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The Standard Jan 20, 1917

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Array I _! u    ll o H I: it    s i it i: i; *
a bo it a i;   'i    >i i a ii v i.   nu 111
l* ll 0 B i:    I B \ M 0 i  It    4 7 0
Vol. V, No. 38���Established 1911
Price Five Cents
The Liberal League
jtjR. MACKENZIE MATHESON, for some time a dir-'
^^ ector of the company which publishes THE STANDARD, has .sent in his resignation. Mr. Matheson is an
officer of the new Liberal League. He says in his letter of
resignation: "I cannot be a director of THE STANDARD
no long as it follows its present policy with regard to the!
Liberal League." Mr. Matheson's resignation has been
^i With respect to the Liberal League, let us say that we
trust that the influence of its members will always be directed towards supporting good Liberal principles. .Mean-:
time it would be quite as ridiculous for us to jump to the
endorsement of the Liberal League* as it would be to rushi
in and condemn the government of the Hon. II. C. Brewster-.'
*' THE STANDARD and its predecessor, the CHINOOK,
played some small part during the past five years in the
work of political reform in this province.    We now have
a new government in office made up of men who have taken i
office with the high resolve of rendering real service to the'
people of British Columbia.
*. These men are not all perfect men, any more than are we
who elected them. They have their strong points and possibly they have weak points. If they have not, then they
do not fairly represent the people ol ihis grand province.
Tf'We say to Mr. Matheson and others of the Liberal
League and to all the people that, in the name of I leaven it
is our duty to place no obstacle in the way of the new government in their efforts towards the bringing into being
of a new order of administration based on the simple principles of the square deal.
If Further, let it be said that the Liberals of Vancouver
will brook no control by clique.
*! The Liberals of Vancouver demand a democratic organisation. And the people generally w'll not stand for any
attempt by a small number of men, no matter how worthy
��� heir motives, to dominate any political organization.
f< This has been abundantly proven lately: first, by the defeat of Mr. Bowser, and by subsequent registrations of the
wishes of the people.
jf The situation calls for a display of broad-mindedness by
some of our local leaders. Indeed there is no. need for any
other save the old official party organization. Failure,
however, to recognise that even minorities have rights to
bo considered will hasten a situation bound to seriously
hurt the party.
Ij And once you create a real split among Brewster's followers you put back in power the old gang of corruptionists
and wreckers.
Prohibition And The Political Drama
-QROHIBITION would have been endorsed by the sol-
"^ diers with an overwhelming majority if the bill had not
been brought forth in a party caucus where an effort was'
made to get the forces of the church and of respectability to
work behind the Bowser political machine.
If If the prohibition bill has been defeated, it will prove once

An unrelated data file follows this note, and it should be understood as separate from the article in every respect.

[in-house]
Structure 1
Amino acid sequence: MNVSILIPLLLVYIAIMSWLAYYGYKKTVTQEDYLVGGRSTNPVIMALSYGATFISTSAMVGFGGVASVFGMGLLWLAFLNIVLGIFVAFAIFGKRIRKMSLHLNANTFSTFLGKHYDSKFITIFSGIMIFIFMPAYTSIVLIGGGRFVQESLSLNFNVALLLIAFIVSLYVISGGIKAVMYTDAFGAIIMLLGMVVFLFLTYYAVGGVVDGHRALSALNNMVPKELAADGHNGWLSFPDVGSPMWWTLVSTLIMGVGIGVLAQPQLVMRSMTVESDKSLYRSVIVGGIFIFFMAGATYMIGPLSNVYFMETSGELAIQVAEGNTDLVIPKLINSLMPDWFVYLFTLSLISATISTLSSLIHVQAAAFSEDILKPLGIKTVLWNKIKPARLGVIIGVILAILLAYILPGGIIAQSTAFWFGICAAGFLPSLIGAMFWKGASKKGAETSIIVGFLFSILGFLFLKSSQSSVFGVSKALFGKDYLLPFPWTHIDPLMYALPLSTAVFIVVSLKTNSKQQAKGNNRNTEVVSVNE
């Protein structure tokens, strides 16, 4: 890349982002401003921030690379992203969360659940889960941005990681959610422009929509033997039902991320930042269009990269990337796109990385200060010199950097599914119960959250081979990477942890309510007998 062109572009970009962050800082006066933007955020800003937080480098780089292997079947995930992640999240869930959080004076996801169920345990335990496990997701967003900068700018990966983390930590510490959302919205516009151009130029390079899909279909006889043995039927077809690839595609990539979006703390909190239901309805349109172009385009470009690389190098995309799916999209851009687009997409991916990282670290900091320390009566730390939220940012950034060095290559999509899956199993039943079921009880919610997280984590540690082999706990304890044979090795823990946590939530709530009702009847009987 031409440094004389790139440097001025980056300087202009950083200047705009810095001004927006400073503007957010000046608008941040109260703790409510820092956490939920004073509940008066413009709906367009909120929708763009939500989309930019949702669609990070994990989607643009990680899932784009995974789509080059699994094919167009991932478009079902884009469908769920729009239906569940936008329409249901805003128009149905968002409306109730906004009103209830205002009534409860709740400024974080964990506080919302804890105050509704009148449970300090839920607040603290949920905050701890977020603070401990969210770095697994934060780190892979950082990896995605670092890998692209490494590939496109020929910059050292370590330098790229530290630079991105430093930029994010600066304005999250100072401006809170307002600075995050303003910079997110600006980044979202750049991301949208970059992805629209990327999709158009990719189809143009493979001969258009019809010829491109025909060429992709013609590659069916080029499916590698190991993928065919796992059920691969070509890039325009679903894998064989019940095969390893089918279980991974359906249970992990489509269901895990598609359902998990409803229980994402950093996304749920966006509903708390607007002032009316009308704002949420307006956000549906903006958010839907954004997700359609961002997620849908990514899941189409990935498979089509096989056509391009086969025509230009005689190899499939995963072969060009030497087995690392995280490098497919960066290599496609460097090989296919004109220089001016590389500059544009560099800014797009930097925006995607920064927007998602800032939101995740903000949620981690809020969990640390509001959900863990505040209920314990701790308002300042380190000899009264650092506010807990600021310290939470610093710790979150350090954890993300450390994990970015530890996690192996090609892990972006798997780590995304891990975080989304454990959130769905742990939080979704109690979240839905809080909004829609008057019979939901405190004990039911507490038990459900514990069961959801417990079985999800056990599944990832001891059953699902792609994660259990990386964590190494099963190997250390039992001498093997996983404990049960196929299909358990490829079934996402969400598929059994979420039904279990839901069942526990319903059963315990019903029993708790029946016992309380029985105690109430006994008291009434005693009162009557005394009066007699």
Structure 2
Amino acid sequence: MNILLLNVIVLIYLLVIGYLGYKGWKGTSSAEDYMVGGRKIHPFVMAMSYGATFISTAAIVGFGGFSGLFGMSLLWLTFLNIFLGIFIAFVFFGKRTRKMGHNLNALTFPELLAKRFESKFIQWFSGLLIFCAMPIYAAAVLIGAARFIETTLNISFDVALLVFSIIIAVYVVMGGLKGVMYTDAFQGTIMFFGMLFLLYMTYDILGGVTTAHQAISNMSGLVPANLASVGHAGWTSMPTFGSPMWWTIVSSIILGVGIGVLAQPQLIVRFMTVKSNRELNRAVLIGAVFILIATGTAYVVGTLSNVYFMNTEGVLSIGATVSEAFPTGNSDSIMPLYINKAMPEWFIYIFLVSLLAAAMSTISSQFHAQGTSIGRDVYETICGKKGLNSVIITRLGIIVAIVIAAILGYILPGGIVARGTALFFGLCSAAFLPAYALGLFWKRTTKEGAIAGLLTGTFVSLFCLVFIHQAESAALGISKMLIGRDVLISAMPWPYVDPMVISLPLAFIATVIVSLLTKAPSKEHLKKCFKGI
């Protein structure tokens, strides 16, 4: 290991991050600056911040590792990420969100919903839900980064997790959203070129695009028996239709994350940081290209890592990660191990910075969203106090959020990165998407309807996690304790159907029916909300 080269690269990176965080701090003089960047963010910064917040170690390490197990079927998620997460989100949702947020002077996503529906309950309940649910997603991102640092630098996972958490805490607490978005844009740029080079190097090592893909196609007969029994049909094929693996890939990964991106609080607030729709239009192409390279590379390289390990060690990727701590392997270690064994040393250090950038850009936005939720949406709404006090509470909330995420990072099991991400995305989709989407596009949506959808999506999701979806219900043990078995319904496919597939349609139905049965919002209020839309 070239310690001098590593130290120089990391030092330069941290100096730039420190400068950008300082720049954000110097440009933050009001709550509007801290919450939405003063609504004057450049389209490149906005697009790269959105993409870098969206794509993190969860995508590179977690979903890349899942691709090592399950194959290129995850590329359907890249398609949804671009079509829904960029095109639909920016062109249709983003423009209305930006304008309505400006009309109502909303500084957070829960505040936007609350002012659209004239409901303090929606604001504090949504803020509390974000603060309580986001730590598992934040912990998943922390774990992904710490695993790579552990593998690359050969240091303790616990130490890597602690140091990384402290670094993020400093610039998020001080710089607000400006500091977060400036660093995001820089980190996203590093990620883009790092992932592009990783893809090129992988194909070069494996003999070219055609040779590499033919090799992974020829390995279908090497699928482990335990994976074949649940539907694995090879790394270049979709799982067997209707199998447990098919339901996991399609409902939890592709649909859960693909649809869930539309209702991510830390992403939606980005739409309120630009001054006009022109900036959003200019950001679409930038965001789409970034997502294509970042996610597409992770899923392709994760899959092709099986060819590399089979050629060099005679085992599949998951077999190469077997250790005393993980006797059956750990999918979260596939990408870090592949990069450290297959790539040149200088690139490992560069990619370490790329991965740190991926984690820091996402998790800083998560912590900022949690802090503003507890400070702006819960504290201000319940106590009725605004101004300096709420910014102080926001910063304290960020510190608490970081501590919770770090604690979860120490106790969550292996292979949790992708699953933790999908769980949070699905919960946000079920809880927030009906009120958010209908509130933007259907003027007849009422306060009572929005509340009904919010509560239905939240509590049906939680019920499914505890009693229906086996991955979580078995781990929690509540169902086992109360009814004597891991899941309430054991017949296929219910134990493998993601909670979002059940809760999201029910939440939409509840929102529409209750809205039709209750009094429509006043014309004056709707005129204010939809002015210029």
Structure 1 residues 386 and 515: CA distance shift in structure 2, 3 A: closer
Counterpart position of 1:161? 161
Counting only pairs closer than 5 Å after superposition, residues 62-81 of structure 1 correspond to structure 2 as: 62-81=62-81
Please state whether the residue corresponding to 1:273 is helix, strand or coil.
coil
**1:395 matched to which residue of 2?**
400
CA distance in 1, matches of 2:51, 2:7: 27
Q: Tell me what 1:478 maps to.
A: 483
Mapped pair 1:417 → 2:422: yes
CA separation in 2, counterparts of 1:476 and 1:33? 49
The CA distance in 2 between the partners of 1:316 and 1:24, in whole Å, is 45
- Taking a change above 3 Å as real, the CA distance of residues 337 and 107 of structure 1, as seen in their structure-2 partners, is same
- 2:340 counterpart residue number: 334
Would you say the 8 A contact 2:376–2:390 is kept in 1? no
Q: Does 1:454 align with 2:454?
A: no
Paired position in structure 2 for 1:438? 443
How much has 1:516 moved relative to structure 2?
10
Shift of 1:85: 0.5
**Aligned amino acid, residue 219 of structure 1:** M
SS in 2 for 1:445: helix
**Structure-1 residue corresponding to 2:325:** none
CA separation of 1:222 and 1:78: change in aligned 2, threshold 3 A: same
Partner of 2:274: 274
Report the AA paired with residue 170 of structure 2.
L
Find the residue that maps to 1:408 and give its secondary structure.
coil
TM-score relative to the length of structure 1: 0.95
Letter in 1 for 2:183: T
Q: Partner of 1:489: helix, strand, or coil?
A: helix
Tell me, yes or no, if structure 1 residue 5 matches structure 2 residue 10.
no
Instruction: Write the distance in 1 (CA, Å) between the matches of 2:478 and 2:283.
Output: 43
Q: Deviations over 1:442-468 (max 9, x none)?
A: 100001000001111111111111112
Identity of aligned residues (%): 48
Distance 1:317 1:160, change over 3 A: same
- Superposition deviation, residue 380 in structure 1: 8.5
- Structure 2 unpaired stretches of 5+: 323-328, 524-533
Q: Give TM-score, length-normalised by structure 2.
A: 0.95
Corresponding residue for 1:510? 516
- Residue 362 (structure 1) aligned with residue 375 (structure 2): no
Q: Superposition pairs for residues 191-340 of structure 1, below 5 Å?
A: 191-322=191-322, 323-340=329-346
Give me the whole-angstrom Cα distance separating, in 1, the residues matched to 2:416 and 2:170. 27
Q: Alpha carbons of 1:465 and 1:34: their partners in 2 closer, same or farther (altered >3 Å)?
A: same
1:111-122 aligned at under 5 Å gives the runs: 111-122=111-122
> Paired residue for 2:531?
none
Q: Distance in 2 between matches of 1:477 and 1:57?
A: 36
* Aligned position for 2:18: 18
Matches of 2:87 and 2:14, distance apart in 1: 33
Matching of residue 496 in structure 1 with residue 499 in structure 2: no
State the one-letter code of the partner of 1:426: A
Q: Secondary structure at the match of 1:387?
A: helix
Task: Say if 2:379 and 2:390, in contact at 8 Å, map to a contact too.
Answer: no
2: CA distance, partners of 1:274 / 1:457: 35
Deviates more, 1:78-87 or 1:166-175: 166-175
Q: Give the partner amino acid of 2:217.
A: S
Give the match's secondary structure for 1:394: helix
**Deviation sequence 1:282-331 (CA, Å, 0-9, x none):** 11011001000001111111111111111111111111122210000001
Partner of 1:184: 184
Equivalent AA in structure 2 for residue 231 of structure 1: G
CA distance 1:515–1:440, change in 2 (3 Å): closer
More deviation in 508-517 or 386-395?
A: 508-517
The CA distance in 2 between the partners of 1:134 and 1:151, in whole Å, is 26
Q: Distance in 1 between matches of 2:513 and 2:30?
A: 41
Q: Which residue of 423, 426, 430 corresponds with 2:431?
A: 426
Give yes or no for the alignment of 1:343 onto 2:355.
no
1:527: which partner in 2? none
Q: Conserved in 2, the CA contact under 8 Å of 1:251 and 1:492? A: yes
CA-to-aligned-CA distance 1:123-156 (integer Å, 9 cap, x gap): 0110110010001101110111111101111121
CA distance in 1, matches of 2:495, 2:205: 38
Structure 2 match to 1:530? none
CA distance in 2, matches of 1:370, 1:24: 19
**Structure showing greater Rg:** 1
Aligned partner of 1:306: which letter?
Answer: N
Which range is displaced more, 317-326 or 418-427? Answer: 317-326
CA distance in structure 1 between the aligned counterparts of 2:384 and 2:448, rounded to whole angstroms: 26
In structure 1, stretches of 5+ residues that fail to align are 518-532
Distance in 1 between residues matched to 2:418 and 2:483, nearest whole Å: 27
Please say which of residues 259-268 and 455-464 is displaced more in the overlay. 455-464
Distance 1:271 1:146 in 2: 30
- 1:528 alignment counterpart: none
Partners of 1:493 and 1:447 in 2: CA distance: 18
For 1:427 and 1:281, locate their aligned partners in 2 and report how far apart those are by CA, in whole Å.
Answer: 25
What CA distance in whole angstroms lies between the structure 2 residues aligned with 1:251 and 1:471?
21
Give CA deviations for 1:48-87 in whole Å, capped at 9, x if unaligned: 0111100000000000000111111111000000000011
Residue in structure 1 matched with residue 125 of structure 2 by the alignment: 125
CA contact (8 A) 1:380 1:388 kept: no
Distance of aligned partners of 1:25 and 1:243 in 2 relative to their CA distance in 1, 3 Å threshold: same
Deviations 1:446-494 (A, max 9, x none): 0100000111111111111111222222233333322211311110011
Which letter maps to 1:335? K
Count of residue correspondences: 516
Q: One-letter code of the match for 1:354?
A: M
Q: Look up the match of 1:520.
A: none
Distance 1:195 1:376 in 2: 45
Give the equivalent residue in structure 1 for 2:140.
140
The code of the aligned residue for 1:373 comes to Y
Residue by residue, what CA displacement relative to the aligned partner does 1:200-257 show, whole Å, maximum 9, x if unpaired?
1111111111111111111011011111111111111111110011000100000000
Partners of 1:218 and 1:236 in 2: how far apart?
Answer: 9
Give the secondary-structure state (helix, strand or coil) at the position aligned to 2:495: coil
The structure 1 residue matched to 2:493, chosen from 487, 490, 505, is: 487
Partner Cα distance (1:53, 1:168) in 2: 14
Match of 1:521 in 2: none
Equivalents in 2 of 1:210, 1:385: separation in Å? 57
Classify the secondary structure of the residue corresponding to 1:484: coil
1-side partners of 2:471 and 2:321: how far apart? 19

more that any structure the base of which rests upon fraud,
corruption, deceit will surely fail.
1f The part which is displayed to the public gaze "may be
fair and beautiful. The artisans engaged on that part of
the structure above ground may be honorable and without
U But God Almighty has said that the building must be
, based upon the rock, not on the shifting sands.
fl When there is brought in a prohibition bill in this province honestly drawn up, free from trickery and crookedness, honestly put forward and dedicated to the cause of
righteousness, then will the people, civilians, soldiers,
drinking men and non-drinking men get behind that bill
and make it law.
iillllllllillllSillllllli:,!:*.���.'.���.: I HHIMIM
Why Not A Druggists' Corps?
ONE of- the oversight's of the Canadian Militia Depart-
^"^ ment is failure to provide a place for young druggists
of the country where they might serve their country to the
best advantage.
'j Medical corps, dentists' corps, railroad battalions���all
these, but no place for the druggists.
*| Drug clerks are usually university men, quite as highly
trained as the doctors, better trained than many dentists.
Yet the druggist is forced to go into thc ranks \b handle
inusket, pick or shovel, while men who have no training in
the work of the pharmacist are allowed to run amok in the
laboratories of hospitals and with army medical corps in
<his countrv and at the front.
The Situation At Victoria
^)lll;. Lands Department of British Columbia has been
in the past the most corrupt department of the Government, Millions of acres of the public domain were frittered awav by the late Government. The realty boom
which so seriously injured the Province was born in the
Lands Department at Victoria.
' It .vas'the Lands Department .antl its officials which received the most criticism during the last election. Jn this
department fraud and jobbery were the order. .And this
department contributed lavishly to the political machine
of the wreckers.
' I luring the past years of the auctioning off of the agricultural resources of this Province, the man who was deputy